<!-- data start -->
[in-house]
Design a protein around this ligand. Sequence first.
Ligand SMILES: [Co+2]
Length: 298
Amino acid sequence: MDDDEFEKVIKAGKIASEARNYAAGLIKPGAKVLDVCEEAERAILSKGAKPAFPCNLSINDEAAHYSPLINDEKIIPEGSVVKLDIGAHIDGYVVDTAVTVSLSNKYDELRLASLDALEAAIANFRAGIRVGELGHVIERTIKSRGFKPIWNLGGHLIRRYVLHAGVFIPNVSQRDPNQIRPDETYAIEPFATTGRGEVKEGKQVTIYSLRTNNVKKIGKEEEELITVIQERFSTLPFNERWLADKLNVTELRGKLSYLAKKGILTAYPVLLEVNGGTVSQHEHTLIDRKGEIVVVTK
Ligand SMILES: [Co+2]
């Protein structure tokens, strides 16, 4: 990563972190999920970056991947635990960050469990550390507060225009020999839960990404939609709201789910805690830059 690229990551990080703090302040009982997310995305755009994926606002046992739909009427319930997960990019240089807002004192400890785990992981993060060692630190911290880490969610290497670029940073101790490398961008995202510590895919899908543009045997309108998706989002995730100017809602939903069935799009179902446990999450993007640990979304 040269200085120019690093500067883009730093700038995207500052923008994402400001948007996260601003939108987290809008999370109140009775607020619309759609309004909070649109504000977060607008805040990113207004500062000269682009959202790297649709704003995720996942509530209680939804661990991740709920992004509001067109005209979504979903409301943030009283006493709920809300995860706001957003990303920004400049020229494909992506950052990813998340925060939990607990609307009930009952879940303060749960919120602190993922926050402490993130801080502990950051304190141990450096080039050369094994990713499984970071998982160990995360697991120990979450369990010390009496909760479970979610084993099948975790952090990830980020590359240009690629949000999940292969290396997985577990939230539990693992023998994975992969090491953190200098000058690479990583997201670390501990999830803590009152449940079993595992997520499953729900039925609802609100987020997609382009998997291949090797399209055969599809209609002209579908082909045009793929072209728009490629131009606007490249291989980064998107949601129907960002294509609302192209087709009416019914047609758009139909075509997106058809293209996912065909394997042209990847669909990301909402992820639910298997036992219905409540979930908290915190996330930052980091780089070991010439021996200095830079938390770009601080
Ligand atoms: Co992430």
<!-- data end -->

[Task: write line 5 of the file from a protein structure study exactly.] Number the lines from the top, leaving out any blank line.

Amino acid sequence: MDDDEFEKVIKAGKIASEARNYAAGLIKPGAKVLDVCEEAERAILSKGAKPAFPCNLSINDEAAHYSPLINDEKIIPEGSVVKLDIGAHIDGYVVDTAVTVSLSNKYDELRLASLDALEAAIANFRAGIRVGELGHVIERTIKSRGFKPIWNLGGHLIRRYVLHAGVFIPNVSQRDPNQIRPDETYAIEPFATTGRGEVKEGKQVTIYSLRTNNVKKIGKEEEELITVIQERFSTLPFNERWLADKLNVTELRGKLSYLAKKGILTAYPVLLEVNGGTVSQHEHTLIDRKGEIVVVTK